class=”alignleft size-thumbnail wp-image-13668″ title=”Ondine Poster” src=”×150.jpg” alt=”” width=”220″ height=”150″ />HeyUGuys were fortunate to see a preview of Neil Jordan’s (Interview with the Vampire, The Crying Game) latest release ‘Ondine’ last week.  Filmed in the beautiful Beara Peninsula, West Ireland, it is a ‘modern fairy tale’ fused with strong hints of Celtic myth.  Ondine tells the story of Syracuse (Colin Farrell), a loveable loner and reformed alcoholic fisherman who catches Ondine (played by Farrell’s partner Actress Alicja Bachleda-Curus) in his fishing net.

The film concentrates on the theories regarding Ondines origins as she transforms the lives of Syracuse, his estranged wife (Dervla Kirwan), daughter Annie (Alison Barry) and the local townsfolk – where it appears everyone knows everyone’s business.

However it is his daughter Annie (played superbly by young actress Barry – definitely one to watch), who believes that the woman is a ‘Selkie’, a sea creature of legend that’s capable of assuming human form by shedding its seal skin, which truly pulls at the audiences emotions.  There are many wry smiles provoked by Annie’s comments regarding her Fathers behaviour and Ondines origins; all supported by her ability to appear wise beyond her years.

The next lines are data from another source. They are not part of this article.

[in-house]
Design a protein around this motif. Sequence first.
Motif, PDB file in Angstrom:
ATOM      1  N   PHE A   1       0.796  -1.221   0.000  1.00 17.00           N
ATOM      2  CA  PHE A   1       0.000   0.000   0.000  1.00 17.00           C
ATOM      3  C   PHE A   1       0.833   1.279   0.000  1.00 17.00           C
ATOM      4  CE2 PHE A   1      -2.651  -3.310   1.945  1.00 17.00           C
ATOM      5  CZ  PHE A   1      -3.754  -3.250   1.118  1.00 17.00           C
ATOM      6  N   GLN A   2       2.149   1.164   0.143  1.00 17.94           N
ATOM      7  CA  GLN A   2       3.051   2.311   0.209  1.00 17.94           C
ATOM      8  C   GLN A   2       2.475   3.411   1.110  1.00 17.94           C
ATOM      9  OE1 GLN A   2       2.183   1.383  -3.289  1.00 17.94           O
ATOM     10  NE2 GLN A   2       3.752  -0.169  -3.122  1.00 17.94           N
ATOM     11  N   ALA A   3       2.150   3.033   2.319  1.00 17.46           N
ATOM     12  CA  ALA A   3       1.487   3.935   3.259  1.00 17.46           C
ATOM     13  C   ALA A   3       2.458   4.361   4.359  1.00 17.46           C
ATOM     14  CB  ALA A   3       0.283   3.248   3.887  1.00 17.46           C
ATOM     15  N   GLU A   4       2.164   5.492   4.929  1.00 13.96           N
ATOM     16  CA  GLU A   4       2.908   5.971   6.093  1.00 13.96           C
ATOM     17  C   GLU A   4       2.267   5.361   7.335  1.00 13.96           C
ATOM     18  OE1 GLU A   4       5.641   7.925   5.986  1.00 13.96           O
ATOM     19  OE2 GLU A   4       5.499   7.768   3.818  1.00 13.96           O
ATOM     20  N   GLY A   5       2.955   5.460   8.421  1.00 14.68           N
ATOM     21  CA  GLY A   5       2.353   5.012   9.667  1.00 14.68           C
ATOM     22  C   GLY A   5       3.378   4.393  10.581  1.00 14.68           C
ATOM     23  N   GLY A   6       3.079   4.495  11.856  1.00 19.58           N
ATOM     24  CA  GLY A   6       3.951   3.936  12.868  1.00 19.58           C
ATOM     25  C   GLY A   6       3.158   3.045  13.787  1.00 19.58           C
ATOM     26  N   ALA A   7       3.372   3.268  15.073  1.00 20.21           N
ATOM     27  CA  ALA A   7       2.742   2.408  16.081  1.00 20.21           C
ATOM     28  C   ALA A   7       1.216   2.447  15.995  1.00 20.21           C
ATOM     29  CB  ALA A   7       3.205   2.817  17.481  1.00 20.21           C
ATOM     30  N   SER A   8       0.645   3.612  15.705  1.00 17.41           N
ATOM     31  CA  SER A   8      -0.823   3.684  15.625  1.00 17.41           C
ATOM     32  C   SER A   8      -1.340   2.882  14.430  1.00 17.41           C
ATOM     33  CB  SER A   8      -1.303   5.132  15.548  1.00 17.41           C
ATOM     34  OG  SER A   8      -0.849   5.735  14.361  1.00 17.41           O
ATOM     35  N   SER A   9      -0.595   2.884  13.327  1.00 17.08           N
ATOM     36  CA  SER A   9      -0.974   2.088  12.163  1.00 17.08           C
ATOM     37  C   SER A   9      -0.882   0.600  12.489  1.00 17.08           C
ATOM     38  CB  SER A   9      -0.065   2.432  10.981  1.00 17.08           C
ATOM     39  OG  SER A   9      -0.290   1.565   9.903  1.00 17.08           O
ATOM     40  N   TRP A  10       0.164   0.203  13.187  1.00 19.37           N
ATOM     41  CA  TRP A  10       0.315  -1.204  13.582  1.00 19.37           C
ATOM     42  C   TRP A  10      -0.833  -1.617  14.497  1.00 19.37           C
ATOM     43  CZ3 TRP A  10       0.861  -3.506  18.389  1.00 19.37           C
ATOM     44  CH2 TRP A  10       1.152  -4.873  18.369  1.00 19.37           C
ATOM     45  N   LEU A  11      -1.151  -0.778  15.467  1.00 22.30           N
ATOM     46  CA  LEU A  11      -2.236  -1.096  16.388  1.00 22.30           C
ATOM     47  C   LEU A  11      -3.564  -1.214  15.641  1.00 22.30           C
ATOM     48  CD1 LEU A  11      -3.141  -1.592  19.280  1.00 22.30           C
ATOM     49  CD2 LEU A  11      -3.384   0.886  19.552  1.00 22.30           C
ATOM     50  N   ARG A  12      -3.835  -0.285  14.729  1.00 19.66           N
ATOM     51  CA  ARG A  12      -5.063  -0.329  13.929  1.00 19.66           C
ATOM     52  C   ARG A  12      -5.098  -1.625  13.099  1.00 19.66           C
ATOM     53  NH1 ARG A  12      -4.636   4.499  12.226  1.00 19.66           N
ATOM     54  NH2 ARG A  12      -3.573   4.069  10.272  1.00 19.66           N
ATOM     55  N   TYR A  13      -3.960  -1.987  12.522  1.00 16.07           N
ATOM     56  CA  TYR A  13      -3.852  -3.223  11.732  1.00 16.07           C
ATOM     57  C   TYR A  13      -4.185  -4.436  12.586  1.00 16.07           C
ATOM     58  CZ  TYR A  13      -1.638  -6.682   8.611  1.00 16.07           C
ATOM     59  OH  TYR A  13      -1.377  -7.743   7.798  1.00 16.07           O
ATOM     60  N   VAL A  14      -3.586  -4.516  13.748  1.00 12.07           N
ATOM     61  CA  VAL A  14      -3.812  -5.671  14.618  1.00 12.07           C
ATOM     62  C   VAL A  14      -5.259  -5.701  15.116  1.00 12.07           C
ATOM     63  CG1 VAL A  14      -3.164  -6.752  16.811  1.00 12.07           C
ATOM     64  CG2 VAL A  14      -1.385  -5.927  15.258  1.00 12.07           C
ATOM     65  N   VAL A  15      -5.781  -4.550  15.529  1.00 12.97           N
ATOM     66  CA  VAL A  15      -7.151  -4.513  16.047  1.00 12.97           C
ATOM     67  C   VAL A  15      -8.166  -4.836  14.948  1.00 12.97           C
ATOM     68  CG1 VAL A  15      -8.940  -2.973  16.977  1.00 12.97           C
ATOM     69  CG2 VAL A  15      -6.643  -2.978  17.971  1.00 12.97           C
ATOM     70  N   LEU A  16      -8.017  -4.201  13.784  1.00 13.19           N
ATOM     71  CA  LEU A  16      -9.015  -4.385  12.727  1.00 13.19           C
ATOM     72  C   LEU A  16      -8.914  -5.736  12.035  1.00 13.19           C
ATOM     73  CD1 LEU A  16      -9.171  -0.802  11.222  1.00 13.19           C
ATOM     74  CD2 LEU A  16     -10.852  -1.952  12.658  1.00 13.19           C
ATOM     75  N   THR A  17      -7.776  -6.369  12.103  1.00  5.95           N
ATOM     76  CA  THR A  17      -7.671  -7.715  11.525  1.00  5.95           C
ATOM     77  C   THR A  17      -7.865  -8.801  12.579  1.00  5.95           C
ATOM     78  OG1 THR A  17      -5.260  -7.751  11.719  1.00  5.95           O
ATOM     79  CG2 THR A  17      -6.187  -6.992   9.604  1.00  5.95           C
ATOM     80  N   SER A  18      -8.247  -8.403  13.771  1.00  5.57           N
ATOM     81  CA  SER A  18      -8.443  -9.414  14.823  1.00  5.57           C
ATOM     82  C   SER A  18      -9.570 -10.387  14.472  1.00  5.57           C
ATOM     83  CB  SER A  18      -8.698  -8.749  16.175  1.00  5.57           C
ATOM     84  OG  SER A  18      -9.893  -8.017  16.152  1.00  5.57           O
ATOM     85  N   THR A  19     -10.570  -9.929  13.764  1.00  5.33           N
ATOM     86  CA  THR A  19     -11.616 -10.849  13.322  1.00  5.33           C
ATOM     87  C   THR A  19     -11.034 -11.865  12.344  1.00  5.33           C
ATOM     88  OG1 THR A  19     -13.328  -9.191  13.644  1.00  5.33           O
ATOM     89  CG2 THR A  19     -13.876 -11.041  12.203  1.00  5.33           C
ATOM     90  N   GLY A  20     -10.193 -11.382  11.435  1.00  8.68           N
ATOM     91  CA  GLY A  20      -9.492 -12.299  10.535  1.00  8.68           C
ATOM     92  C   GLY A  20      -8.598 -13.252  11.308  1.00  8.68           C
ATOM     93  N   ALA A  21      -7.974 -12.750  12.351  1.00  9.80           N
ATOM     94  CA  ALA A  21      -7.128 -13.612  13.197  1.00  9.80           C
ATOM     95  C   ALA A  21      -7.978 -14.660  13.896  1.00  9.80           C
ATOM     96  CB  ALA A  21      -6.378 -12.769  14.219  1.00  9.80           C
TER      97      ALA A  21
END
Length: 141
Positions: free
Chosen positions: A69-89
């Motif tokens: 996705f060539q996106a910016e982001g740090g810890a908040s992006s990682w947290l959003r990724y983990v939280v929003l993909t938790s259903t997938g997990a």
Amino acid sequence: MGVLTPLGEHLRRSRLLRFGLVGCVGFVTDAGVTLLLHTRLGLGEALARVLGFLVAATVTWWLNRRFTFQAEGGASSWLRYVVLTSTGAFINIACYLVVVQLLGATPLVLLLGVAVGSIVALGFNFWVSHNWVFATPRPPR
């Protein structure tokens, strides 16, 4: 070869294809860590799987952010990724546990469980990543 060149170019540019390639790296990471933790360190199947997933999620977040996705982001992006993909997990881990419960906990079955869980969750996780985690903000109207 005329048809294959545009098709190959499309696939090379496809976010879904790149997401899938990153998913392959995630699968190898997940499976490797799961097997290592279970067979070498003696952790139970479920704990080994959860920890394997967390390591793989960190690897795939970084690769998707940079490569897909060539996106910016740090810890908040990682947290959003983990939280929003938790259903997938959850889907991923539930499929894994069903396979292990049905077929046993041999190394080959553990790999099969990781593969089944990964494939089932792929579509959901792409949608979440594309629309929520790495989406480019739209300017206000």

With a strong cast supported by long standing Jordan steward Stephen Rea, Farrell and Barry gently develop a deep bond as father and daughter.  Farrell is well cast and holds the film as Syracuse, a man who takes the each day as it comes and has grown to have few expectations of what life will bring him. Equally Bachleda-Curus whose beauty and intrigue as the Selkie is captivating.  She is totally believable as the ‘Selkie’ and with so many events bringing good fortune upon Syracuse it is hard not to believe her character and Annie’s beliefs.

With Annie’s far from ideal relationship with mother and her partner, she also suffers from poor health, leading to her dependence on a wheelchair.  These circumstances alone are why Annie so wants Ondine and her father to create ‘family’ stability she yearns for. The film’s best moments come in the tender scenes between Syracuse and Ondine in their enduring bond between father and daughter.

The film’s gentle pace is easy to watch and with this fusion of myth and real life is nicely balanced to the point where the viewer isn’t sure how this will end.  Something that Jordan has crafted over the years to an art.

Jordans feature has successfully blended a sense of realism and fantasy.  Whist this balance is carefully managed, the story may be too surreal for some viewers to appreciate, especially as this does require the viewer to hold any rationale judgment and logic.  It is truly endearing but as it is neither drama nor fantasy on occasions it is difficult to comprehend exactly what to expect the film to be.   This could also be argued this is what makes this film so unique.

Despite its innocent charm and sweet appeal, Ondine is unlikely to be acknowledged as one of Jordan’s best.  This is by no way a criticism but given the high demand for high tech 3D movies this will be a challenge.  Equally it could be argued the film’s title doesn’t give much away and which could work against this film, hopefully I’m wrong on this.   Released in the UK on the 5th March, it will be interesting to see how this fairs at the box office.  It is a superb film and one to watch.  Perhaps Farrell’s association alone is all this film needs.